Networking Field Day #15: Enhanced Visibility into SSL/TLS Traffic

Jai Balasubramaniyan, Director of Security Product Management at Gigamon, gives a written overview of what Gigamon presented at Networking Field Day earlier this month. He was really impressed by the number and type of questions, and the substantive discussion that evolved during the course of the presentation. They reviewed their GigaSECURE platform, which features industry leading security visibility, including inline SSL decryption. Check out their full video coverage from the event, and look for more presentation from them at Cloud Field Day, July 27-28, and Networking Field Day, September 13-15.


Who is IP Infusion and Why Have You Never Heard of Them?

Brandon Carroll takes a look at IP Infusion, who presented at Networking Field Day earlier this month. The company has been around since 1999, and you may already be more familiar with their networking OS, ZebOS, than the company itself. That may largely be because of their OEM focus, but Brandon found their excited presentation quite interesting. They’ve recently thrown their hat in the disaggregation ring by offering OcNOS, a white box switch OS, and VirNOS, a virtual network OS. You may not have heard of them before, but they are definitely a company worth your interest.


VMWare NSX: A New Method of Datacenter Networking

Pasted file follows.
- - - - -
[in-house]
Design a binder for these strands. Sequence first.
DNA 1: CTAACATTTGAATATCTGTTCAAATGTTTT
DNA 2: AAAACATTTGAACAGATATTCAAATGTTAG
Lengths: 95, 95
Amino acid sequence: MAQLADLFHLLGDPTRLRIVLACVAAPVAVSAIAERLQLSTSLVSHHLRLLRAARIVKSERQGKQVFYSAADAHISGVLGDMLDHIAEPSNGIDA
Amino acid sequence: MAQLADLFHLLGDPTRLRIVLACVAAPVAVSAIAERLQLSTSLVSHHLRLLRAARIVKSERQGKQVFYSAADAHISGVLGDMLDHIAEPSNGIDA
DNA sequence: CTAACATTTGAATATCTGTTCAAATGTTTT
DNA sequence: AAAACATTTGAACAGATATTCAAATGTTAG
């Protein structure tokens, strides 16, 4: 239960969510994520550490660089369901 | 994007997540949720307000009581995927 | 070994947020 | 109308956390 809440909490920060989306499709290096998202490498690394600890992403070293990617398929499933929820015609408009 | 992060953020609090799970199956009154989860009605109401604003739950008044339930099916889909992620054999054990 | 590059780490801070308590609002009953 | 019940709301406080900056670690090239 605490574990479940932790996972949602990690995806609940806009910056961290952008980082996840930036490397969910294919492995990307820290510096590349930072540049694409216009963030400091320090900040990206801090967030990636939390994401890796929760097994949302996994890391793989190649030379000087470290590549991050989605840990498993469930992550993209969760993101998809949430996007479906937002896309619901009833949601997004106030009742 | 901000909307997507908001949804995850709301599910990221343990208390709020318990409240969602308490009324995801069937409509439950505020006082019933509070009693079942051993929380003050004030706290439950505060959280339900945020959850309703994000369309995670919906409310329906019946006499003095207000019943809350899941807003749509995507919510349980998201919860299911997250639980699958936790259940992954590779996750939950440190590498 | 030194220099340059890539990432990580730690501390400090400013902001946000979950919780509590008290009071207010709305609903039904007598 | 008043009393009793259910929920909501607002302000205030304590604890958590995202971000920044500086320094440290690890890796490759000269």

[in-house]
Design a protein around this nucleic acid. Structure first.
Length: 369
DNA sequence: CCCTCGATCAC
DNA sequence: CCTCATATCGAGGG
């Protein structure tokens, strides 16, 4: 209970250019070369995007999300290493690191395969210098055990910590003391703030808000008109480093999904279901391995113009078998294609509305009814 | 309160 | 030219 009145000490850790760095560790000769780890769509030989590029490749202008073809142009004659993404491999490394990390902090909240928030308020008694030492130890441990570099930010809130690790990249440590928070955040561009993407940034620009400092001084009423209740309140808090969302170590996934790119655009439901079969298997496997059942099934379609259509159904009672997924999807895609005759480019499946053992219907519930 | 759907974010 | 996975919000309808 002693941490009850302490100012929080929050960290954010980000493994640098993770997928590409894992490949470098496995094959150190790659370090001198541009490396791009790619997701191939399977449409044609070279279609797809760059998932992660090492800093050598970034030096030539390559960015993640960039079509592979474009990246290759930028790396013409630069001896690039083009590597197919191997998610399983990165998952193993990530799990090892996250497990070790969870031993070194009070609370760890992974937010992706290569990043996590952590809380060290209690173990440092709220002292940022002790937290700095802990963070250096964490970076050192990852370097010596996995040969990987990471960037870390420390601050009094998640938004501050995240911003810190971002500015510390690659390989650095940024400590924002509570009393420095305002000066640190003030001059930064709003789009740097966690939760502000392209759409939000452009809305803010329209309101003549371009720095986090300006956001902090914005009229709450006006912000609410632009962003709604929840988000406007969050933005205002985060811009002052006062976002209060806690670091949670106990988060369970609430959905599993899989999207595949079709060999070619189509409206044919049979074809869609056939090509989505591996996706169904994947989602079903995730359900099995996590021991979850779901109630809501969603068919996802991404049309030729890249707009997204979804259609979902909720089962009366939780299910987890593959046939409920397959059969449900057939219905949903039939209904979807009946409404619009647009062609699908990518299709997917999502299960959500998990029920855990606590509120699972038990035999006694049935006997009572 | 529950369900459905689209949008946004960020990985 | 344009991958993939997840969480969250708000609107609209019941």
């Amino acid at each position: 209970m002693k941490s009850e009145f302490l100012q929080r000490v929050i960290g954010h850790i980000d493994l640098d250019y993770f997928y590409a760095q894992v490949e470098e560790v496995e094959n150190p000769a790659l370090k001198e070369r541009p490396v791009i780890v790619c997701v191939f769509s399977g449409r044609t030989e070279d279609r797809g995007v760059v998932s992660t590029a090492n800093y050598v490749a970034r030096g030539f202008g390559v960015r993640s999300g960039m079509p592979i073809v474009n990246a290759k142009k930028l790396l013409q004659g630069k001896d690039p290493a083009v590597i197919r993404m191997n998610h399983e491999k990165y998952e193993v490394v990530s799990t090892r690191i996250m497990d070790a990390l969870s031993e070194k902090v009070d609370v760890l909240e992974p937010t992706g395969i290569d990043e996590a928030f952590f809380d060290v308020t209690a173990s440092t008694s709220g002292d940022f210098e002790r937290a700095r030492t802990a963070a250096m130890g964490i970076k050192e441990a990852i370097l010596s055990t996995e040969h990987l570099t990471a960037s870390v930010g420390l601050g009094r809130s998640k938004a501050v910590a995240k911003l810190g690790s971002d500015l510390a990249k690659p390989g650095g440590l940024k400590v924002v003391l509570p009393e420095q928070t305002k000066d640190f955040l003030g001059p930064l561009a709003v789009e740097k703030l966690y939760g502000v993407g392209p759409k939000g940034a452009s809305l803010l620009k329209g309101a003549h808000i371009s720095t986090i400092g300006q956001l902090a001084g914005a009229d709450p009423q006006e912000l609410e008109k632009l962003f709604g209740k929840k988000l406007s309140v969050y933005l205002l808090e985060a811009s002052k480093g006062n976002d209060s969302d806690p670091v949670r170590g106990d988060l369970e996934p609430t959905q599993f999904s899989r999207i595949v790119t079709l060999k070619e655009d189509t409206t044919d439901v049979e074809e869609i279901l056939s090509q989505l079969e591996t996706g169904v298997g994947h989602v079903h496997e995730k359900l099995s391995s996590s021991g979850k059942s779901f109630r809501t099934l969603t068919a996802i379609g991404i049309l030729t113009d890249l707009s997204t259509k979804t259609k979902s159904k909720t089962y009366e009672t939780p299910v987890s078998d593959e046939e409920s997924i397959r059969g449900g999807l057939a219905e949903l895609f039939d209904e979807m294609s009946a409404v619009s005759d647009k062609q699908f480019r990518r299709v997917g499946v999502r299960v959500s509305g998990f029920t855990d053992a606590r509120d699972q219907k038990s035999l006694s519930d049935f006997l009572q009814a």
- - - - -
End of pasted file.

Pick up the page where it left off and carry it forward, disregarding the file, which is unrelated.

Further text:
Kevin Blackburn wrote up some of his thoughts on VMware NSX from Networking Field Day last week. The company presented on it for four hours, so he was really able to get into a technical deep dive on this interesting network control solution. Kevin seemed really impressed by how NSX lets you integrate a variety of vendors into the solution, via a layer 3 connection using BGP or OSPF. NSX also allows you to directly firewall devices, create unique policies, and extend all of this into cloud environments thanks to AWS support.


3 Linux Foundation networking projects that your business needs to know

The Linux Foundation is home to a lot of interesting projects. A lot of these are projects started by private companies, but moved over to the Linux Foundation to help foster a more active community and development. Keith Townsend runs down three interesting ones for IT architecture. One that he saw at Networking Field Day last week was PNDA, which is a big data analytics project that came originally from Cisco. PNDA is designed to work across data centers, a scale out approach to big data. The Data Plane Development Kit came out of Intel, and helps improve networking performance on commodity hardware. Finally, he introduces Open vSwitch, which came from VMware by way of Nicira.


Software Defined Networking and Its Effects on the Wireless Industry

Drew Lentz wrote about his experience at Networking Field Day last week. AS primarily someone focused on the wireless side (he is @WirelessNerd after all), he was a little intimidated at the prospect. In the end, he found it a fascinating experience. He particularly enjoyed seeing developments with software-defined networking, as he saw from UP Infusion, the Open Networking Summit, and from VMware’s NSX solution. In the end, he reflects on what he saw will inevitably impact the wireless side.


Short Take – The Present Future of the Net

Tom Hollingsworth wrote up some quick thoughts from Networking Field Day. He saw Intel really pushing their 5G LTE wireless successor. PNDA really impressed Tom with their potential to change networking data analytics. Finally, VMware talked about the transition from traditional networking to one defined by microservices and application layer intelligence over dinner. Overall, sounds like Tom has a lot of food for thought!